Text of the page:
Our two route possibilities – south to the Keys, or east across the Okeechobee Waterway.

There are two options for us as we start off on the Loop:

  • Crossing the Okeechobee Waterway to get to the east coast of Florida. But Lake Okeechobee water levels were quickly dropping to a point of being uncrossable.
  • Heading down around the Keys. But we’d really prefer to do the Keys at a slower pace, anchoring out a lot. Which means having a dinghy would be essential, and we don’t have one yet.

Since neither was really a great option at this point, we decided instead to just inch a bit further around the Loop.

We selected a marina in the heart of the urban mecca (in comparison to Burnt Store anyway) of Fort Myers, which would at least get us closer to stuff.

Only 12 miles away as the crow flies, 25 minutes by vehicle, and 49 nautical miles by boat.

But decided to make an adventure out of it – taking several days anchoring out along the way.

Since we’d be making our first miles along our Loop adventure, we decided it was time to fly our AGLCA Burgee and consider this our official start.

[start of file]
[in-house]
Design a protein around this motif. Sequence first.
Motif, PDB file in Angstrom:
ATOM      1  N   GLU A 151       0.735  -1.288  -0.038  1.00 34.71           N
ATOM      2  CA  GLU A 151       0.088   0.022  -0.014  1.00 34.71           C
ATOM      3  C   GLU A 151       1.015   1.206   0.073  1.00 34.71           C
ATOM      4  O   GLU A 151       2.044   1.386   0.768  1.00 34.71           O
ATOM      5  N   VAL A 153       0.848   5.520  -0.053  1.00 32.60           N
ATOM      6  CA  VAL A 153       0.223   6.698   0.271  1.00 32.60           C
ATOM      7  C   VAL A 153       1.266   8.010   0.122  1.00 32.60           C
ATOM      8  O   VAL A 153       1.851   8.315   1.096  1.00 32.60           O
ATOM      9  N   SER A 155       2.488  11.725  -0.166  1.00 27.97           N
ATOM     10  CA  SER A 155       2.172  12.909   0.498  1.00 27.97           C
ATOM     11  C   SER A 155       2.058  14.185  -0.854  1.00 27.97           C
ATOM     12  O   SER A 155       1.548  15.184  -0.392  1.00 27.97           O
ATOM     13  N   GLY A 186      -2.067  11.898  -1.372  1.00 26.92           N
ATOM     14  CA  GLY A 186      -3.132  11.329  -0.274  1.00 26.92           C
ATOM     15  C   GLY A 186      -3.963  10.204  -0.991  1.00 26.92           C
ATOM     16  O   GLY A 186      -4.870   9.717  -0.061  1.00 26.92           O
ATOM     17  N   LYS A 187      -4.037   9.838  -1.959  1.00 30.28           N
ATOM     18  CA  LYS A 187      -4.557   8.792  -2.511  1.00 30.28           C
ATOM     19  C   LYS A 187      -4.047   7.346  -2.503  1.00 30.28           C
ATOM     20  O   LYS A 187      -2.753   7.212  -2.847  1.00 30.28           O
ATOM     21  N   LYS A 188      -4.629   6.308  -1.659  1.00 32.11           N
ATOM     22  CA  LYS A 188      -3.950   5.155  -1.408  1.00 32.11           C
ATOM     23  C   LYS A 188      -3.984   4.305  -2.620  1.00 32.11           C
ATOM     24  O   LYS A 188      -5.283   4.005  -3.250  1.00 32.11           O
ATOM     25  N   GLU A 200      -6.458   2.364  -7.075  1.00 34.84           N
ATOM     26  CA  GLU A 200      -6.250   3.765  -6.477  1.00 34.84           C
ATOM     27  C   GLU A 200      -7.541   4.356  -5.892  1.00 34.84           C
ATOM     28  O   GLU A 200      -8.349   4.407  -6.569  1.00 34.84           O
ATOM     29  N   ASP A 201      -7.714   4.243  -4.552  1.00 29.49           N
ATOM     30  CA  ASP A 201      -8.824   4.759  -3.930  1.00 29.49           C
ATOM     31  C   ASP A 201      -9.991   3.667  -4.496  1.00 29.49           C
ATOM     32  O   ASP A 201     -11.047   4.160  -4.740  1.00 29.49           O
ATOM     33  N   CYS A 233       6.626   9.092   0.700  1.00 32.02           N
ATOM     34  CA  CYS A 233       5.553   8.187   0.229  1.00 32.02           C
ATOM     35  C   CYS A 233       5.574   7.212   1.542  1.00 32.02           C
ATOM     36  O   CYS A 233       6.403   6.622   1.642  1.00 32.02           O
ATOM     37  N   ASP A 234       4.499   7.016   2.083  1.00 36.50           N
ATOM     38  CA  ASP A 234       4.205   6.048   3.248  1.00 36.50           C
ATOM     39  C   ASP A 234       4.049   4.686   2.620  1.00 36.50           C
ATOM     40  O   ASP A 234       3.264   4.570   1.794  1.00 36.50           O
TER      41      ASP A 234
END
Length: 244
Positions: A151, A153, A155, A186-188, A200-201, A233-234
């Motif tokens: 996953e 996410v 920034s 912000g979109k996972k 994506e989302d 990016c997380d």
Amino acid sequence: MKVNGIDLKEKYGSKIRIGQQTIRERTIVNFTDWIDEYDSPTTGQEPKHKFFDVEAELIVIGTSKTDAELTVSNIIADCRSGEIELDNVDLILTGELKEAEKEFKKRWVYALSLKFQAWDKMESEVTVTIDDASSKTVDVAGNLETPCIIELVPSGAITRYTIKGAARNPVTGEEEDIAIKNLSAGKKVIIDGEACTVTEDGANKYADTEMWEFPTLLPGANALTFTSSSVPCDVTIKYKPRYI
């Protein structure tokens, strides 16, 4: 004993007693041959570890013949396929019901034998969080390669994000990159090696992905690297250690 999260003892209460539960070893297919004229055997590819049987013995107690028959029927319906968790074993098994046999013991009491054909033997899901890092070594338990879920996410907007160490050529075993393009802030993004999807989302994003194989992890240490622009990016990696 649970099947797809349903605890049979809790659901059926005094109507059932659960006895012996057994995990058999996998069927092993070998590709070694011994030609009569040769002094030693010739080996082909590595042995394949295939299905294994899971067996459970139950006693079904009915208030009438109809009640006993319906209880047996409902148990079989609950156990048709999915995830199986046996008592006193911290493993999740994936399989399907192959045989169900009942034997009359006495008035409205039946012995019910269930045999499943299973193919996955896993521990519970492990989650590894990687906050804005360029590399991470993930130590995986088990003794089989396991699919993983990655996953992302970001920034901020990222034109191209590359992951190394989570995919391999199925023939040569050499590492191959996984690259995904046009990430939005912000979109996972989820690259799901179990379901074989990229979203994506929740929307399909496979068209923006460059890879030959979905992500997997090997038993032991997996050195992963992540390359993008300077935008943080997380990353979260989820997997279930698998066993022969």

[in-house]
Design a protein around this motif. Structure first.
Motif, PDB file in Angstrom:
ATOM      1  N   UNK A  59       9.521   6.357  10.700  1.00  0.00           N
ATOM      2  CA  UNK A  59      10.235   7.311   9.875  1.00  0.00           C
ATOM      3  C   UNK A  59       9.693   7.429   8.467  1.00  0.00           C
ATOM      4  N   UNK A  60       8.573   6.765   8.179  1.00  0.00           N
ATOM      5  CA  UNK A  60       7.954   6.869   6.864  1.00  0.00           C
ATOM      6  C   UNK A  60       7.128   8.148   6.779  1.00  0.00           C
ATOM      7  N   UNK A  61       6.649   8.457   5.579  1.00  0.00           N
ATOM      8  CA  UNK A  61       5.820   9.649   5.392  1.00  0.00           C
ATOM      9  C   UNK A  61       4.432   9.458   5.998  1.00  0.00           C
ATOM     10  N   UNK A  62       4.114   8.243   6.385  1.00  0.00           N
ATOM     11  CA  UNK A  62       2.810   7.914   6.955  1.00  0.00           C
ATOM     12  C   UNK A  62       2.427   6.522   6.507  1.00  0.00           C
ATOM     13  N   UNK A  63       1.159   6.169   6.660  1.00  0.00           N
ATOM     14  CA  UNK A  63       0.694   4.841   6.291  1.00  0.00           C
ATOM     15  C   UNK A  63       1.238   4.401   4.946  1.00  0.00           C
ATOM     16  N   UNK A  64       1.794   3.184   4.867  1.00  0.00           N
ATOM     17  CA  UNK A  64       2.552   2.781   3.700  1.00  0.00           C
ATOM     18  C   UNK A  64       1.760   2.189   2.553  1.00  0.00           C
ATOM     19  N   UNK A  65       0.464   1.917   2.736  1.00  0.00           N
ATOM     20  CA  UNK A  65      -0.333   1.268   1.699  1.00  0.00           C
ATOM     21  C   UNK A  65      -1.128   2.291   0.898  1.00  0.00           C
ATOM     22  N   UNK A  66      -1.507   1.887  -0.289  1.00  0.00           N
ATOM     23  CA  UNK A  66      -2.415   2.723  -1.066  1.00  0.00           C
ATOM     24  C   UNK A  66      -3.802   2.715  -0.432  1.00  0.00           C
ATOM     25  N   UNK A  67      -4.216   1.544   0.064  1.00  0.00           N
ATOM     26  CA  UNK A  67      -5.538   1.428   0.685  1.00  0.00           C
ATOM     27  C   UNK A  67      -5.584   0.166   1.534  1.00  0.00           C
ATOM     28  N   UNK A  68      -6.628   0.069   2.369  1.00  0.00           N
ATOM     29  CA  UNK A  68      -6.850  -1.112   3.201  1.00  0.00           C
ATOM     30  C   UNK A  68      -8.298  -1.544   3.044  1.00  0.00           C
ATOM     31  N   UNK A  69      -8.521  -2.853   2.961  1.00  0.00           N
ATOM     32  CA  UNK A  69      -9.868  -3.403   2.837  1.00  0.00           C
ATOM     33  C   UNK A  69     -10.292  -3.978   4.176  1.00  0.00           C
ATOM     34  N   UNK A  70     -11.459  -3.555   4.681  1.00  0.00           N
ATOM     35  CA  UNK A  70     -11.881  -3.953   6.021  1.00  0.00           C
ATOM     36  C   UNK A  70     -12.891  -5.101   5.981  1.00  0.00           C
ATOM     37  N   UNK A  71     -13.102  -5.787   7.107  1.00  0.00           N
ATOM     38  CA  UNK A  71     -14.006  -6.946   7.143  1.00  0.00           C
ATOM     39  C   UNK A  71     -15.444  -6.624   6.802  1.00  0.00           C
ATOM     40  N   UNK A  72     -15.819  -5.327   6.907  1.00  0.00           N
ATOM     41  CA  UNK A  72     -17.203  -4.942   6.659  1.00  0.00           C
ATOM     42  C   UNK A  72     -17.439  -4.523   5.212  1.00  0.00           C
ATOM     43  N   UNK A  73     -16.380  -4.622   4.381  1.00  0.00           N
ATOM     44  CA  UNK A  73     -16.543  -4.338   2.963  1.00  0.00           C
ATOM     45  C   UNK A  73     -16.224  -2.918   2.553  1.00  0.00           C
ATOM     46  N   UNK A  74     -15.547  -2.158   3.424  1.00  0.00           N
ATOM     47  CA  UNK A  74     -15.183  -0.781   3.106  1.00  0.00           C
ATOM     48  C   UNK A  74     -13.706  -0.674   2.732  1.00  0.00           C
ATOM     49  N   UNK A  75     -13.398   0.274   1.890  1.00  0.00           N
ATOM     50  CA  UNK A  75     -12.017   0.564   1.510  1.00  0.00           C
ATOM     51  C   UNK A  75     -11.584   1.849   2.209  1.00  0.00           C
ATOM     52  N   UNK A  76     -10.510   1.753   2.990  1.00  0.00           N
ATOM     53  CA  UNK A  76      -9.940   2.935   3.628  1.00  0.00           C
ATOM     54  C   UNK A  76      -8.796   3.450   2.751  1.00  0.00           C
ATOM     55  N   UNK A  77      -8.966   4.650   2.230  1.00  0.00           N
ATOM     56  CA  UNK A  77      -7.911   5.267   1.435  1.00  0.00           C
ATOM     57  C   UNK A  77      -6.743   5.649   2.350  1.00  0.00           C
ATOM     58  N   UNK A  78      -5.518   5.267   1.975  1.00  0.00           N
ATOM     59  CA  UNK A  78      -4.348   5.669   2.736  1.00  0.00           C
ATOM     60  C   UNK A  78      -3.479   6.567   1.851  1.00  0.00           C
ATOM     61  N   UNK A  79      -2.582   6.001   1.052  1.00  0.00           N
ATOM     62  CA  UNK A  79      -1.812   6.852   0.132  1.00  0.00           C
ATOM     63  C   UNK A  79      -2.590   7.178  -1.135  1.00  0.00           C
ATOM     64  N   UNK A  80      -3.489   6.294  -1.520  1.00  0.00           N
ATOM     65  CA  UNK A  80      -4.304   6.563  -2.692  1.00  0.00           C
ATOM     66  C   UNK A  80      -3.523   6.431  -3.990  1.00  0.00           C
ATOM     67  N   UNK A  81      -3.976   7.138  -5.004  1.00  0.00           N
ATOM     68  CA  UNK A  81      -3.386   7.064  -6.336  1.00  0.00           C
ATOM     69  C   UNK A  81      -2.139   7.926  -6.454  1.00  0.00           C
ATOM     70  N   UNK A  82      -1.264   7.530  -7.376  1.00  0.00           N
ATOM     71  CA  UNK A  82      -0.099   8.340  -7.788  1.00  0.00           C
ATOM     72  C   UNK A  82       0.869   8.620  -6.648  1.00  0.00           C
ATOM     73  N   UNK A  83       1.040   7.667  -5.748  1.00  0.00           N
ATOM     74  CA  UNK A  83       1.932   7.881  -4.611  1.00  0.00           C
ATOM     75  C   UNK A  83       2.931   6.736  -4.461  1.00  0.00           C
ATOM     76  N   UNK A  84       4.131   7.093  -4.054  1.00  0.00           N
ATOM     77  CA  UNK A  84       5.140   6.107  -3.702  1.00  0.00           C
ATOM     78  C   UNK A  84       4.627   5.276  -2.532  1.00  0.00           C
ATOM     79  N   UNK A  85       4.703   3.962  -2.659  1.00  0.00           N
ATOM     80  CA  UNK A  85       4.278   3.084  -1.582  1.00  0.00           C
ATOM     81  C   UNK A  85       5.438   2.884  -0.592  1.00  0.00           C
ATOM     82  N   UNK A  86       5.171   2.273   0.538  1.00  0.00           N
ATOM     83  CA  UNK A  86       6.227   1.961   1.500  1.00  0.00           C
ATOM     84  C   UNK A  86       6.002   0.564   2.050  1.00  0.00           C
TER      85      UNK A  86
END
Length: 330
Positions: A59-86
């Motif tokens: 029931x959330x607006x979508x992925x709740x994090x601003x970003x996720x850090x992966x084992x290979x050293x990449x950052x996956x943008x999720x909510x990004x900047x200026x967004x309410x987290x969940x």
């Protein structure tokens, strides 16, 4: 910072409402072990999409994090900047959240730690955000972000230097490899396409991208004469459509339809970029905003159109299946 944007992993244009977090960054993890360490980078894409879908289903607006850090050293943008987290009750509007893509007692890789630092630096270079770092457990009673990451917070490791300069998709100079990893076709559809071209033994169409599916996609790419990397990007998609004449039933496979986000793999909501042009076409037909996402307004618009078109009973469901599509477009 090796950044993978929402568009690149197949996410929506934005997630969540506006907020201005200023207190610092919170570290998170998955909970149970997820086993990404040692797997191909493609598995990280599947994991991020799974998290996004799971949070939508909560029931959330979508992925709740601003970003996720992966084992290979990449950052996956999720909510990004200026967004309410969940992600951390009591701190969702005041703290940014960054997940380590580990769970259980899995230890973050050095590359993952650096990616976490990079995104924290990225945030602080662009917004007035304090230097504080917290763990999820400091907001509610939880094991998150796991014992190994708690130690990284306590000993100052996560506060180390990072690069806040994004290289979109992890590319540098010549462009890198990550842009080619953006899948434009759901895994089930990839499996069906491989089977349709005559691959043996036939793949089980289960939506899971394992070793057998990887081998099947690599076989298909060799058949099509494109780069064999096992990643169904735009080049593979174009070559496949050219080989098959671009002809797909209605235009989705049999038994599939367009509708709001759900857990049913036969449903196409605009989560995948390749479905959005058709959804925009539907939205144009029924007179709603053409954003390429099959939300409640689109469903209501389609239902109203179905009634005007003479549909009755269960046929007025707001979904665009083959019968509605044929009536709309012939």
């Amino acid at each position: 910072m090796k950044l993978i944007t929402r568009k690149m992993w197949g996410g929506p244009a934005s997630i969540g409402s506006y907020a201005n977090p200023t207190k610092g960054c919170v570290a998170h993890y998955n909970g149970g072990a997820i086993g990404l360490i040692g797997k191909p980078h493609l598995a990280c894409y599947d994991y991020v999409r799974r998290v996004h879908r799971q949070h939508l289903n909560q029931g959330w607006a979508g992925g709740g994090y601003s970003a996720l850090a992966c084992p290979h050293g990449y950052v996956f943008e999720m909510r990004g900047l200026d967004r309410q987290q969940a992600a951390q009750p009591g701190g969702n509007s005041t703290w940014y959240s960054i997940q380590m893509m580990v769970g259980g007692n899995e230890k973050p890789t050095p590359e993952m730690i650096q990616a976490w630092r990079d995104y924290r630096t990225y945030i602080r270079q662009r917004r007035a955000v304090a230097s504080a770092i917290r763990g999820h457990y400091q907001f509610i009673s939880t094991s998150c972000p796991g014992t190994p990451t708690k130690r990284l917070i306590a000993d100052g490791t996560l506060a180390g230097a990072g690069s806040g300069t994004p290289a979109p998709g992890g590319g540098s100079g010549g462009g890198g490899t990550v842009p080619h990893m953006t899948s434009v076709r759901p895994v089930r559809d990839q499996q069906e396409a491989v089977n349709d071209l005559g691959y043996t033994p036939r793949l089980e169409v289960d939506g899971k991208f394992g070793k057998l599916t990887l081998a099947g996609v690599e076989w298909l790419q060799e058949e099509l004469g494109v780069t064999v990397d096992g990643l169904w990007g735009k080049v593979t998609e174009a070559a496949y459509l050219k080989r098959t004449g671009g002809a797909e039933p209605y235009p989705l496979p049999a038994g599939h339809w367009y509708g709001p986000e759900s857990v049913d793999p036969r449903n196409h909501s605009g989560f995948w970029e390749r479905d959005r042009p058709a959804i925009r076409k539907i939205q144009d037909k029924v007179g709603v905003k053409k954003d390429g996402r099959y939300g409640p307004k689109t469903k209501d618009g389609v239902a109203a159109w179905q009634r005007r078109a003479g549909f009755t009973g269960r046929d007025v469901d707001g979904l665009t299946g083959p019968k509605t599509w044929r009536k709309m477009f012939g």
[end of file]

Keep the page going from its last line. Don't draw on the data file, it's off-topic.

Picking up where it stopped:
Burnt Store Marina will always be close to our hearts. It is where we started our journey, and where’s we’ll cross our wake some years from now.

On the calm morning of April 28, 2017 – we decided to throw off the lines (well, technically speaking, we brought the lines onboard?) and putter on out into the waters of Charlotte Harbor.

We looked back at our wake, waving until next time to Burnt Store Marina.

Wow, we were really doing this!!

Stop 1: Pelican Bay – Cayo Costa State Park

Our first destination was a familiar one, where we had already done several days overnight anchoring on a trial run a couple weeks back. Pelican Bay is a lovely and very popular anchorage just 12.3 nautical miles away.